It’s certainly up there. The initial fights I would put in my top five would be Chris Weidman beating Anderson Silva for the UFC Middleweight Title, Matt Serra beating Georges St-Pierre for the UFC Welterweight Title, and Holly Holm beating Ronda Rousey for the UFC Women’s Bantamweight Title. Ricco Rodriguez beating Randy Couture for the vacant UFC Heavyweight Title is probably up there, too. As is Randy Couture beating Tim Sylvia for the UFC Heavyweight Title, and Frankie Edgar beating B.J. Penn for the UFC Lightweight Title. I also think you’d have to put T.J. Dillashaw beating Renan Barao for the UFC Bantamweight Title, Rafael dos Anjos beating Anthony Pettis for the UFC Lightweight Title, and Conor McGregor beating Jose Aldo for the UFC Featherweight Title. Add in Anderson Silva beating Rich Franklin for the UFC Middleweight Title and you’ve got 10 on the list. That’s not even counting Randy Couture beating Chuck Liddell for the Interim UFC Light Heavyweight Title and probably others I’m blanking on at the moment. Anyway, I’d probably put Miocic beating Werdum for the UFC Heavyweight Title in the top 10 but not the top 5. Maybe in time I’ll rank it higher, but it’s hard to put it above too many of the list above.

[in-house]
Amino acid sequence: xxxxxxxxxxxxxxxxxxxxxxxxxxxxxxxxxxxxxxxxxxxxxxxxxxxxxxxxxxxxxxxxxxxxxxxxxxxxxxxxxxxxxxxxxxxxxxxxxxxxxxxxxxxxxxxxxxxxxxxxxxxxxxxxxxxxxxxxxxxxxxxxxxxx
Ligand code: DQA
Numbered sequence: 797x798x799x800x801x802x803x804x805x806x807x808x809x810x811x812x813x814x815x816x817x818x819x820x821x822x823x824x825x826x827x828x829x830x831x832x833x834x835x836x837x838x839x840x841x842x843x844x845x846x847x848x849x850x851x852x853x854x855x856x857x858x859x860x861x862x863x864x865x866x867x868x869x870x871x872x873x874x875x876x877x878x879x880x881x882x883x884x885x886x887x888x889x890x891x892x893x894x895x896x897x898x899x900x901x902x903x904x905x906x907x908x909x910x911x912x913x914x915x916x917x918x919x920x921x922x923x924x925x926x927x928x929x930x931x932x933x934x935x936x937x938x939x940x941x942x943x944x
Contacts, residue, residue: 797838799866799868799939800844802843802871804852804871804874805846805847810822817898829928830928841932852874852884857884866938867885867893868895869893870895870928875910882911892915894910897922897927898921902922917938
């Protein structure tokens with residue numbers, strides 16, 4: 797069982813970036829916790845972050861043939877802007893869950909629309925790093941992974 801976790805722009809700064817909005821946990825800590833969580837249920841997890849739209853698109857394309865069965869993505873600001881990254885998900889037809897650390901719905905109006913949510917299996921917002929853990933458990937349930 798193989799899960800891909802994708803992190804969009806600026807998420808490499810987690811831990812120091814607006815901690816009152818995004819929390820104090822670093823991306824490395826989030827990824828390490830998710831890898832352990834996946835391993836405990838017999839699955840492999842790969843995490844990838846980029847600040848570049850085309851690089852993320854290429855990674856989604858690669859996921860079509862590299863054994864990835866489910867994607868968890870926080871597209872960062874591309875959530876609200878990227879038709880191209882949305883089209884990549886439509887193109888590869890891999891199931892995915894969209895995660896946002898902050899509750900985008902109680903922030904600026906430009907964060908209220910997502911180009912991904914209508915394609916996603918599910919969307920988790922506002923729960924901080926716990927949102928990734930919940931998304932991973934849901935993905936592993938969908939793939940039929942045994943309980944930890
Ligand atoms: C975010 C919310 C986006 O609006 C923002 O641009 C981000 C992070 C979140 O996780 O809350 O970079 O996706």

The first two shocking finishes that come to mind are Conor McGregor’s 13 second finish of Jose Aldo this past December and Andrei Arlovski’s finish of Paul Buentello in 15 seconds back in 2005 (don’t ask me why that one stands out in my mind, it just does). The speed in which those fights were finished make them difficult to dislodge with McGregor holding the top spot due to Aldo being one of the most dominant champs at the time. Ronda Rousey’s quick finishes of Alexis Davis and Cat Zingano are up there too, but I would put Miocic’s finish ahead of either of those since Rousey was expected to win handily and she did just that. Miocic’s finish is unique in that it didn’t happen immediately, but it was a very sudden ending with a punch thrown in a way that is difficult to put a lot of power into as Miocic was backing up when he landed his counter to the jaw of Werdum to put him out. So I guess I’m putting this on at #3 until someone else can remind me of a finish that is more shocking.

In terms of magnitude of upsets, this one doesn’t come close to making the top five upsets. I’m not saying that I wasn’t shocked because I was. I’m saying that Werdum had yet to complete a single title defense. Here is my top five:

#1. Holly Holm over Ronda Rousey: Rousey was the darling of the media and Hollywood as she was named the most dominant athlete in the world by Sports Illustrated and had the likes of Arnold Schwarzenegger singing her praises in the pre-fight video. The question wasn’t if she could beat Holm, but how quick would she be able to do it with her last four fights lasting less than 150 seconds combined! Holm turned the MMA world (and Rousey’s world) upside down by not only beating the undefeated champion, but dominating and embarrassing her. Rousey hasn’t sniffed a cage since and there is no sign of her doing so any time soon.